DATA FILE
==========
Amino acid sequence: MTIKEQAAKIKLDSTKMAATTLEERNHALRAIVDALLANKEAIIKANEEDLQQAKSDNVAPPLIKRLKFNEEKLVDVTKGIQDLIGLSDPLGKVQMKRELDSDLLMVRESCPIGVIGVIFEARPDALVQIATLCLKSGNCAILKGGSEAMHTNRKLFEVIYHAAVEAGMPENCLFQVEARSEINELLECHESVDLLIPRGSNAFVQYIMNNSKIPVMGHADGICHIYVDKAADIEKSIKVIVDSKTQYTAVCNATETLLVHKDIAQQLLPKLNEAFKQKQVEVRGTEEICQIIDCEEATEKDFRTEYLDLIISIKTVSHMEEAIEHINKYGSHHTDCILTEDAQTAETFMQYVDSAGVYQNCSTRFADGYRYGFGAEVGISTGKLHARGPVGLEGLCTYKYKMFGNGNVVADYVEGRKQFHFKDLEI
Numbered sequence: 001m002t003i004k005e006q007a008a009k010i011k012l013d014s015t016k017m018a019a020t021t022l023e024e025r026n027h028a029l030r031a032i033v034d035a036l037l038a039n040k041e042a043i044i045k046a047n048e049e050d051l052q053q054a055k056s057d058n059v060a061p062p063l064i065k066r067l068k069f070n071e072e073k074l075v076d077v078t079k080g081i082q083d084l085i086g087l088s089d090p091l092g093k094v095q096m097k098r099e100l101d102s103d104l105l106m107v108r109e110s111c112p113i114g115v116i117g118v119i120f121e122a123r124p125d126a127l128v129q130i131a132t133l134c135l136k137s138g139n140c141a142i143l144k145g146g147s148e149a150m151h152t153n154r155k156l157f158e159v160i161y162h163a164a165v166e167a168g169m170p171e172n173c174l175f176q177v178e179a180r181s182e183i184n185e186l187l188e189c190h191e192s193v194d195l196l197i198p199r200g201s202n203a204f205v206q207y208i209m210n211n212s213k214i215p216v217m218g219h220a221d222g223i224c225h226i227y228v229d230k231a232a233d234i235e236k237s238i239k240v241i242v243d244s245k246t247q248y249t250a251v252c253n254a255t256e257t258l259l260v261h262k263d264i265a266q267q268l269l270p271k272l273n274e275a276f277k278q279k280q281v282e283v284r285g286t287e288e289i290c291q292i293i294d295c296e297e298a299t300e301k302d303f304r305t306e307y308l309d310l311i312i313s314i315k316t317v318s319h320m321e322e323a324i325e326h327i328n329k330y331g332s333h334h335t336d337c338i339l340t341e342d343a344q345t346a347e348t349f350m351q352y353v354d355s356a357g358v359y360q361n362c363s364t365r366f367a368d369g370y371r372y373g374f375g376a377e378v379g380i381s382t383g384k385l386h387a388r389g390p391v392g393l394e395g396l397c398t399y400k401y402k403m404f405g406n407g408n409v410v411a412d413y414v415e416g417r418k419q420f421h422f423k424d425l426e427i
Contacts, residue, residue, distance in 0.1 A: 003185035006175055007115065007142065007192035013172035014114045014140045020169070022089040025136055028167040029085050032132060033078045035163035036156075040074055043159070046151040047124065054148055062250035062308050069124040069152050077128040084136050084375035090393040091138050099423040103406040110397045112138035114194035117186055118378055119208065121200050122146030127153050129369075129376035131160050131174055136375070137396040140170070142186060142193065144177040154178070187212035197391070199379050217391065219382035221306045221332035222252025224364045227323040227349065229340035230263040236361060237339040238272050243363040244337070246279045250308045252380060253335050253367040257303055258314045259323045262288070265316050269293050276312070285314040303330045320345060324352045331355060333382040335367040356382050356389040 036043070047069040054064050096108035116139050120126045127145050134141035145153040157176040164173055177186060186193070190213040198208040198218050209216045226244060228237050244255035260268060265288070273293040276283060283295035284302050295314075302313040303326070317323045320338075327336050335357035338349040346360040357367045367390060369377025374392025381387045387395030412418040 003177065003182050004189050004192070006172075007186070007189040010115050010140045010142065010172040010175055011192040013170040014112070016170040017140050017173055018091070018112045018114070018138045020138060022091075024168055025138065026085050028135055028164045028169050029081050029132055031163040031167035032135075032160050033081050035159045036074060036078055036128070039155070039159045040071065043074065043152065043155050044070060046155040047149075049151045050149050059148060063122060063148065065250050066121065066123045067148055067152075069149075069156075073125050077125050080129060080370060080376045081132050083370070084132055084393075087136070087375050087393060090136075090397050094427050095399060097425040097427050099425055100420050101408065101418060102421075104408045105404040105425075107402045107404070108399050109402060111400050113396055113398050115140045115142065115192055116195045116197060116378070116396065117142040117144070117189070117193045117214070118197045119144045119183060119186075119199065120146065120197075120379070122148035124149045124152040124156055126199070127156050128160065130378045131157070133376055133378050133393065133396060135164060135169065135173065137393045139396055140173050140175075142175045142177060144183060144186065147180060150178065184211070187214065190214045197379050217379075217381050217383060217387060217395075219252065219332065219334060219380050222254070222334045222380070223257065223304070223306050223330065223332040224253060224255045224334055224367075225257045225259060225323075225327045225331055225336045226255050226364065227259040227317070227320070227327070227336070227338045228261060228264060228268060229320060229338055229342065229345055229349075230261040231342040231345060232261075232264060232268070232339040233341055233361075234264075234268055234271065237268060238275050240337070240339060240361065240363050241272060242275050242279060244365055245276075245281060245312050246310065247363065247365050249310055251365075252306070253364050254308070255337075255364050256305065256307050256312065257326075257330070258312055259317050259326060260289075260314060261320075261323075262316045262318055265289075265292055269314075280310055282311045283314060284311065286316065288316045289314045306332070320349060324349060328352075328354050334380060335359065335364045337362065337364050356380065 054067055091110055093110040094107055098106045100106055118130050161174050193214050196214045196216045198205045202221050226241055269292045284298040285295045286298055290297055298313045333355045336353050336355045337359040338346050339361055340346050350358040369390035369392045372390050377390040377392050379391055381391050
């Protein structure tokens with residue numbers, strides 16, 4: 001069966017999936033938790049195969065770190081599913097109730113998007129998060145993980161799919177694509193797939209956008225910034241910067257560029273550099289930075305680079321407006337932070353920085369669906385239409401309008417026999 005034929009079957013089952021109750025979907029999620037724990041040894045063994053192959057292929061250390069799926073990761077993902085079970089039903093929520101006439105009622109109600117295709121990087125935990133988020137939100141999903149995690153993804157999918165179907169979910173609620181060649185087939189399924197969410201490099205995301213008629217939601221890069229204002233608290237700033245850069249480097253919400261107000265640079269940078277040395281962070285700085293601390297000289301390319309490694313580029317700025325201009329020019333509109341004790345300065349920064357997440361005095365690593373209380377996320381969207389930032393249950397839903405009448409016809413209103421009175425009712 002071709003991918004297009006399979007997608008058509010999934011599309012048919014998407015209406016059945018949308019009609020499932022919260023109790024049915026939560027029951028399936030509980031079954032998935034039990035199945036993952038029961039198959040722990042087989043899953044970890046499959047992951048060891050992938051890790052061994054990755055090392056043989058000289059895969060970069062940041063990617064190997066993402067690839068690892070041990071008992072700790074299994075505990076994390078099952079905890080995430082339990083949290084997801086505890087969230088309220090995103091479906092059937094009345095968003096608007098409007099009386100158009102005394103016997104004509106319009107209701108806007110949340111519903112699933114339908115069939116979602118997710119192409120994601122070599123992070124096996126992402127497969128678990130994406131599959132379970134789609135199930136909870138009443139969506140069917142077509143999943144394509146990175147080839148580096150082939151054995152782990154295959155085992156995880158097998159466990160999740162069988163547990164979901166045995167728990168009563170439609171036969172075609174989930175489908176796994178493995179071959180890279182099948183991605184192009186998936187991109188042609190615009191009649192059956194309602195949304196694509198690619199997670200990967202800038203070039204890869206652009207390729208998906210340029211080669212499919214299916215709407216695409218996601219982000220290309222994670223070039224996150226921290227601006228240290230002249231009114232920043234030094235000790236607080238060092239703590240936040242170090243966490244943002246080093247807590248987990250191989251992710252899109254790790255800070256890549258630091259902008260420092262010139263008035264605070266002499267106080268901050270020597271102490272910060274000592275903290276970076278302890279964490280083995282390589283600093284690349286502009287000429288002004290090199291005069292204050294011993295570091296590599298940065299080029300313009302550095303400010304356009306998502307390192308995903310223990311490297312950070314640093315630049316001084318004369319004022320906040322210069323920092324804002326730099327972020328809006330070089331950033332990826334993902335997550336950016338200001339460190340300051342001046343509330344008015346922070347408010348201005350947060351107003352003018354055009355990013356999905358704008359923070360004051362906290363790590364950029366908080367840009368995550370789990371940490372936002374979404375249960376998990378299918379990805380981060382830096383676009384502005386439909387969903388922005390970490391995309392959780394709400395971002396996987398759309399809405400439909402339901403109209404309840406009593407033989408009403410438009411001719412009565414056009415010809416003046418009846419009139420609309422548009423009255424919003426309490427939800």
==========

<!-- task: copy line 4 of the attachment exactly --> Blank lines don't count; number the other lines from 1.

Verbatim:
């Protein structure tokens with residue numbers, strides 16, 4: 001069966017999936033938790049195969065770190081599913097109730113998007129998060145993980161799919177694509193797939209956008225910034241910067257560029273550099289930075305680079321407006337932070353920085369669906385239409401309008417026999 005034929009079957013089952021109750025979907029999620037724990041040894045063994053192959057292929061250390069799926073990761077993902085079970089039903093929520101006439105009622109109600117295709121990087125935990133988020137939100141999903149995690153993804157999918165179907169979910173609620181060649185087939189399924197969410201490099205995301213008629217939601221890069229204002233608290237700033245850069249480097253919400261107000265640079269940078277040395281962070285700085293601390297000289301390319309490694313580029317700025325201009329020019333509109341004790345300065349920064357997440361005095365690593373209380377996320381969207389930032393249950397839903405009448409016809413209103421009175425009712 002071709003991918004297009006399979007997608008058509010999934011599309012048919014998407015209406016059945018949308019009609020499932022919260023109790024049915026939560027029951028399936030509980031079954032998935034039990035199945036993952038029961039198959040722990042087989043899953044970890046499959047992951048060891050992938051890790052061994054990755055090392056043989058000289059895969060970069062940041063990617064190997066993402067690839068690892070041990071008992072700790074299994075505990076994390078099952079905890080995430082339990083949290084997801086505890087969230088309220090995103091479906092059937094009345095968003096608007098409007099009386100158009102005394103016997104004509106319009107209701108806007110949340111519903112699933114339908115069939116979602118997710119192409120994601122070599123992070124096996126992402127497969128678990130994406131599959132379970134789609135199930136909870138009443139969506140069917142077509143999943144394509146990175147080839148580096150082939151054995152782990154295959155085992156995880158097998159466990160999740162069988163547990164979901166045995167728990168009563170439609171036969172075609174989930175489908176796994178493995179071959180890279182099948183991605184192009186998936187991109188042609190615009191009649192059956194309602195949304196694509198690619199997670200990967202800038203070039204890869206652009207390729208998906210340029211080669212499919214299916215709407216695409218996601219982000220290309222994670223070039224996150226921290227601006228240290230002249231009114232920043234030094235000790236607080238060092239703590240936040242170090243966490244943002246080093247807590248987990250191989251992710252899109254790790255800070256890549258630091259902008260420092262010139263008035264605070266002499267106080268901050270020597271102490272910060274000592275903290276970076278302890279964490280083995282390589283600093284690349286502009287000429288002004290090199291005069292204050294011993295570091296590599298940065299080029300313009302550095303400010304356009306998502307390192308995903310223990311490297312950070314640093315630049316001084318004369319004022320906040322210069323920092324804002326730099327972020328809006330070089331950033332990826334993902335997550336950016338200001339460190340300051342001046343509330344008015346922070347408010348201005350947060351107003352003018354055009355990013356999905358704008359923070360004051362906290363790590364950029366908080367840009368995550370789990371940490372936002374979404375249960376998990378299918379990805380981060382830096383676009384502005386439909387969903388922005390970490391995309392959780394709400395971002396996987398759309399809405400439909402339901403109209404309840406009593407033989408009403410438009411001719412009565414056009415010809416003046418009846419009139420609309422548009423009255424919003426309490427939800």